Four Vietnamese rubber firms are responsible for destroying an estimated 1,000 hectares of community forest, including an indigenous graveyard, in Ratanakkiri’s Andong Meas district, a group of NGOs have claimed.
The land dispute involving 196 families living in Talav commune dates back to 2011, Chhay Thy, provincial coordinator for rights group Adhoc, who has been investigating the logging with representatives from three other NGOs, said yesterday.
“These companies have been clearing protected forest, farmland and indigenous graveyards to plant rubber plantations,” he said, adding that the actions represented the destruction of the villagers’ cultural and spiritual traditions along with their economic livelihoods.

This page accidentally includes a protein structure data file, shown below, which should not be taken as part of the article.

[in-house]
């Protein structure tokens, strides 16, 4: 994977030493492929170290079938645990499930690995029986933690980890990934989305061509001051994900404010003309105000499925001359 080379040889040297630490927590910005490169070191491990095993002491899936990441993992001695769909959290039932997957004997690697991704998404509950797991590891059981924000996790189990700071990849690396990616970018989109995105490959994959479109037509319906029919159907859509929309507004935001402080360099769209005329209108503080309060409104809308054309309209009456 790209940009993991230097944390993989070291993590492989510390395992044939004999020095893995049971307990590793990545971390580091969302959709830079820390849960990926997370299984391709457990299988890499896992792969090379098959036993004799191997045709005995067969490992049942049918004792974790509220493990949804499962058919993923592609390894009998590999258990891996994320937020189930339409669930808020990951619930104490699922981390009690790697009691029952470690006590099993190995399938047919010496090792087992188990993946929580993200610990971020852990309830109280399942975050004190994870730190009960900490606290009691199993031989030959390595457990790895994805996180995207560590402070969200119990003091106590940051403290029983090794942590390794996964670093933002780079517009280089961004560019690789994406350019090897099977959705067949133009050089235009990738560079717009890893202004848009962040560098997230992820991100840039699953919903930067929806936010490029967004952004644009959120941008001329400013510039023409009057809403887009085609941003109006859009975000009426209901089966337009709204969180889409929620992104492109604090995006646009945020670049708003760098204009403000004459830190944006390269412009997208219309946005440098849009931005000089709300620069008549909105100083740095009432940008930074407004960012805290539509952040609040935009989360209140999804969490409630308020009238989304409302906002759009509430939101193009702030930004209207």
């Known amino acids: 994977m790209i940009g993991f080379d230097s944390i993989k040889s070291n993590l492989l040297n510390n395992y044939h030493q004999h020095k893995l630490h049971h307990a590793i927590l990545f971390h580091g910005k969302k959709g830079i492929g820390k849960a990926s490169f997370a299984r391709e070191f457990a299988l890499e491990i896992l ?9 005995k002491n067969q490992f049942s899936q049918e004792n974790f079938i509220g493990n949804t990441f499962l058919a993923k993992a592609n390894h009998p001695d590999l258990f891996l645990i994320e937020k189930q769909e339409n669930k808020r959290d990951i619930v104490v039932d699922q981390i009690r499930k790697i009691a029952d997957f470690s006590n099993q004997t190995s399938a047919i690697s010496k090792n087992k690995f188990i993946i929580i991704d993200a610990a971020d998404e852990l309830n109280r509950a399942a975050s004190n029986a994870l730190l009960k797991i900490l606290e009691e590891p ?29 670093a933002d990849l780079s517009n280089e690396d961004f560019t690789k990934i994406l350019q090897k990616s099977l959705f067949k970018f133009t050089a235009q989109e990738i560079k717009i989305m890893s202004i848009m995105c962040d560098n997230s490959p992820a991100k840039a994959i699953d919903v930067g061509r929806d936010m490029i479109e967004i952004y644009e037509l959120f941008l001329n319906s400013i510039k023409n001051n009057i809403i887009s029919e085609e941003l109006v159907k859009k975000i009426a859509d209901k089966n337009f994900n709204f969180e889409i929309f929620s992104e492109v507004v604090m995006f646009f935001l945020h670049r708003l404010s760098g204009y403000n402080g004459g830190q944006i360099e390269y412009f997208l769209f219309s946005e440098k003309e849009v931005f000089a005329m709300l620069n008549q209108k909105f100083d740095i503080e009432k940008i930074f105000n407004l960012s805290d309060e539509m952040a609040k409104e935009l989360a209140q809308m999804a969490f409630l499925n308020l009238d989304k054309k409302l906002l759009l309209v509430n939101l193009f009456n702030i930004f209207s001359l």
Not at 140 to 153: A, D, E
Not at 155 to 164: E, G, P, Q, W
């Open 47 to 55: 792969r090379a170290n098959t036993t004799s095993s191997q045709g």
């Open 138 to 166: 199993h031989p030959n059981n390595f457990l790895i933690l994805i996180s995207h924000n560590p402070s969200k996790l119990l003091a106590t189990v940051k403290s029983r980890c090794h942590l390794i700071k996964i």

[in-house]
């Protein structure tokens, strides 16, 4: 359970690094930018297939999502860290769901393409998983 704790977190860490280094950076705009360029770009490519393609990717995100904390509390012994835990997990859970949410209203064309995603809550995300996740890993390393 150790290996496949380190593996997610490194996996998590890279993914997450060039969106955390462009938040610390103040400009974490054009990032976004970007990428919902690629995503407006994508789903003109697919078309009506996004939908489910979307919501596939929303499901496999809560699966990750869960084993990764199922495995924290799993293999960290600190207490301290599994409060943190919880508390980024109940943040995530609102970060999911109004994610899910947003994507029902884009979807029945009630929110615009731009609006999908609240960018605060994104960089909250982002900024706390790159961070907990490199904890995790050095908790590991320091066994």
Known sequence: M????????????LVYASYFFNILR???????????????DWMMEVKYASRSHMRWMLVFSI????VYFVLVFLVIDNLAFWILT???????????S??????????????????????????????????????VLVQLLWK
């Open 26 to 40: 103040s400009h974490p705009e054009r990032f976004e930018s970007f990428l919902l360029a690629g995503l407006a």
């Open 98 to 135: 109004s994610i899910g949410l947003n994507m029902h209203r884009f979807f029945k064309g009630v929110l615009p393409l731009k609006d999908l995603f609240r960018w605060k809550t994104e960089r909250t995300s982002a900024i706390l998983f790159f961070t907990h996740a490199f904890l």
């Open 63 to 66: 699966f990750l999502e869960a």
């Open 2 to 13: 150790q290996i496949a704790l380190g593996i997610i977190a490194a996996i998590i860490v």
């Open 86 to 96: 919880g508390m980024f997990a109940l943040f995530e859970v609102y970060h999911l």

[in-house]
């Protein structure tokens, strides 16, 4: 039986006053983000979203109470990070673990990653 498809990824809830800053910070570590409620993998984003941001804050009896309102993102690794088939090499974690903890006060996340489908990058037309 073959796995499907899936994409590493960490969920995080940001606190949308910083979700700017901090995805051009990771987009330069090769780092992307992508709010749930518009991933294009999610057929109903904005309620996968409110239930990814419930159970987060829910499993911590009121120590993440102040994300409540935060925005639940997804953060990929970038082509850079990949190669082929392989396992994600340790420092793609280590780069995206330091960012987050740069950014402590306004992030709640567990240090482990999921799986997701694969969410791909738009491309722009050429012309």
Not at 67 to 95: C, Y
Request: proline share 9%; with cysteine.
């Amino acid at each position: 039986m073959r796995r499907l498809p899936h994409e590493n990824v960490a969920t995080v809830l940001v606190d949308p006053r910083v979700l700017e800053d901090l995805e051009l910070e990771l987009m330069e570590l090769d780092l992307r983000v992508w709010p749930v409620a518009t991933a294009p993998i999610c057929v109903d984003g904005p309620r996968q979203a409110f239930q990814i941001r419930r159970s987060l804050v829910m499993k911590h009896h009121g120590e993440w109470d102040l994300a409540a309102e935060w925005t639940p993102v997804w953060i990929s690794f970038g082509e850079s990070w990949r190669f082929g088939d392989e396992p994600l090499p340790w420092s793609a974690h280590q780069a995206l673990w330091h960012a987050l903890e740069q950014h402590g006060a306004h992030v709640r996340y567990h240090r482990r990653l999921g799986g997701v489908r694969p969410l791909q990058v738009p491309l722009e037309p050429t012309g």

In Vuthy, a representative from the Cambodian Defenders Project (CDP), another NGO involved in the research, said yesterday that the investigation into the operations of companies Veasna Investment, CRD, Heng Brother and Krong Pok Ratanakkiri Rubber Development would be published in a report.
“It’s a remote area bordering Vietnam and Laos that was once forest but has now been replaced by rubber plantations,” Vuthy said, adding that representatives witnessed the clearing of an indigenous graveyard on Saturday and Sunday.
But according to Nab Bunheng, provincial deputy governor, all four of the companies are operating legally.
“Our authorities worked with the volunteer students [assigned by Prime Minister Hun Sen] to measure the affected land for the villagers,” Bunheng said, adding that any complaints involving land disputes were welcome and would be reviewed by relevant authorities.
The Kingdom began parceling land off land in Andong Meas to Heng Brother in 2009, allotting the company 2,361 hectares.
Two years later, 19,366 hectares of land were divvied up between CRD, Veasna Investment and Krong Pok Ratanakkiri Rubber Development.
All four companies could not be reached for comment before press time.